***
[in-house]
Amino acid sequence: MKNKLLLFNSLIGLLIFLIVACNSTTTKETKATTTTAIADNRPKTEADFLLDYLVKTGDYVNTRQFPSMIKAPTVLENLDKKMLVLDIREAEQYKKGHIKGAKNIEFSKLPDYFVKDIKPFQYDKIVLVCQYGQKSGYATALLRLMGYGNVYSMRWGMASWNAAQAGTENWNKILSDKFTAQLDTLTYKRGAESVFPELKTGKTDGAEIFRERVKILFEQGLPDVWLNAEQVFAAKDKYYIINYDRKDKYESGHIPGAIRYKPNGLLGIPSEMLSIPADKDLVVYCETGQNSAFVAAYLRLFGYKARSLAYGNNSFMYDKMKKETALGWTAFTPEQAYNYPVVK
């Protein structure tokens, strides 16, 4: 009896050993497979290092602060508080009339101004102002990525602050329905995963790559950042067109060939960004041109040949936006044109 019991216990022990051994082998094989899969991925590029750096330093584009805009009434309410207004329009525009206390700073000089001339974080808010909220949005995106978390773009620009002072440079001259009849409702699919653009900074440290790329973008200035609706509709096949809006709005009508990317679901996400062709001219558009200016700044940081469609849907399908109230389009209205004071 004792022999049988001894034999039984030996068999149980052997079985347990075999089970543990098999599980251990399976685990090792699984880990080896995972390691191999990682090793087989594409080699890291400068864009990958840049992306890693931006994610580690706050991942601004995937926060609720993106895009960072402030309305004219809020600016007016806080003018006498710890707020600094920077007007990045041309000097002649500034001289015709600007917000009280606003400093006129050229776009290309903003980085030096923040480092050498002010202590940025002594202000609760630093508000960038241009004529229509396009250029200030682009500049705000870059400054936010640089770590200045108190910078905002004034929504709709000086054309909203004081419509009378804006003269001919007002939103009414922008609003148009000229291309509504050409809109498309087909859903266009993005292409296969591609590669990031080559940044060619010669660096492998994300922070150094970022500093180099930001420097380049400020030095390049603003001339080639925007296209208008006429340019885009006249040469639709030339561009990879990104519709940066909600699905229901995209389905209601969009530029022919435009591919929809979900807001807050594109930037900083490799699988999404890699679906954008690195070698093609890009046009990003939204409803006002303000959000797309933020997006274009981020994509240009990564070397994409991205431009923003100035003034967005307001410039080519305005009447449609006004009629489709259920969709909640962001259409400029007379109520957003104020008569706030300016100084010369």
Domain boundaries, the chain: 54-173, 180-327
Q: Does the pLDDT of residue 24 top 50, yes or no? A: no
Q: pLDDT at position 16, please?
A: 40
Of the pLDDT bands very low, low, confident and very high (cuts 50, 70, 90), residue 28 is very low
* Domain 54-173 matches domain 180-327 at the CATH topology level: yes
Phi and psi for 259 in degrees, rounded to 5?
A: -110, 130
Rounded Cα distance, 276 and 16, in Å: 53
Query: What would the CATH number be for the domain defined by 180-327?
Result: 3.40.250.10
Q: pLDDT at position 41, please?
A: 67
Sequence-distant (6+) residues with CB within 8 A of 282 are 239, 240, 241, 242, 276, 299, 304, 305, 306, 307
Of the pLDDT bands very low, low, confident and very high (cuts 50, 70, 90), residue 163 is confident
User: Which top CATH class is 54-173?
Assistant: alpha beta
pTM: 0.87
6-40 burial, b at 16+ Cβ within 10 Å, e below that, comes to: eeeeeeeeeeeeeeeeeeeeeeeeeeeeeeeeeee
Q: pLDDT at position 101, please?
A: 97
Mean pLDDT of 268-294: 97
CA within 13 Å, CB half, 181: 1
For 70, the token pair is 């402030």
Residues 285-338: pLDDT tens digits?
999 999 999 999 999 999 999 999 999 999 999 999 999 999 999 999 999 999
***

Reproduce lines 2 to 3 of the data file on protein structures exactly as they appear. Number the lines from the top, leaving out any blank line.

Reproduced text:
Amino acid sequence: MKNKLLLFNSLIGLLIFLIVACNSTTTKETKATTTTAIADNRPKTEADFLLDYLVKTGDYVNTRQFPSMIKAPTVLENLDKKMLVLDIREAEQYKKGHIKGAKNIEFSKLPDYFVKDIKPFQYDKIVLVCQYGQKSGYATALLRLMGYGNVYSMRWGMASWNAAQAGTENWNKILSDKFTAQLDTLTYKRGAESVFPELKTGKTDGAEIFRERVKILFEQGLPDVWLNAEQVFAAKDKYYIINYDRKDKYESGHIPGAIRYKPNGLLGIPSEMLSIPADKDLVVYCETGQNSAFVAAYLRLFGYKARSLAYGNNSFMYDKMKKETALGWTAFTPEQAYNYPVVK
């Protein structure tokens, strides 16, 4: 009896050993497979290092602060508080009339101004102002990525602050329905995963790559950042067109060939960004041109040949936006044109 019991216990022990051994082998094989899969991925590029750096330093584009805009009434309410207004329009525009206390700073000089001339974080808010909220949005995106978390773009620009002072440079001259009849409702699919653009900074440290790329973008200035609706509709096949809006709005009508990317679901996400062709001219558009200016700044940081469609849907399908109230389009209205004071 004792022999049988001894034999039984030996068999149980052997079985347990075999089970543990098999599980251990399976685990090792699984880990080896995972390691191999990682090793087989594409080699890291400068864009990958840049992306890693931006994610580690706050991942601004995937926060609720993106895009960072402030309305004219809020600016007016806080003018006498710890707020600094920077007007990045041309000097002649500034001289015709600007917000009280606003400093006129050229776009290309903003980085030096923040480092050498002010202590940025002594202000609760630093508000960038241009004529229509396009250029200030682009500049705000870059400054936010640089770590200045108190910078905002004034929504709709000086054309909203004081419509009378804006003269001919007002939103009414922008609003148009000229291309509504050409809109498309087909859903266009993005292409296969591609590669990031080559940044060619010669660096492998994300922070150094970022500093180099930001420097380049400020030095390049603003001339080639925007296209208008006429340019885009006249040469639709030339561009990879990104519709940066909600699905229901995209389905209601969009530029022919435009591919929809979900807001807050594109930037900083490799699988999404890699679906954008690195070698093609890009046009990003939204409803006002303000959000797309933020997006274009981020994509240009990564070397994409991205431009923003100035003034967005307001410039080519305005009447449609006004009629489709259920969709909640962001259409400029007379109520957003104020008569706030300016100084010369």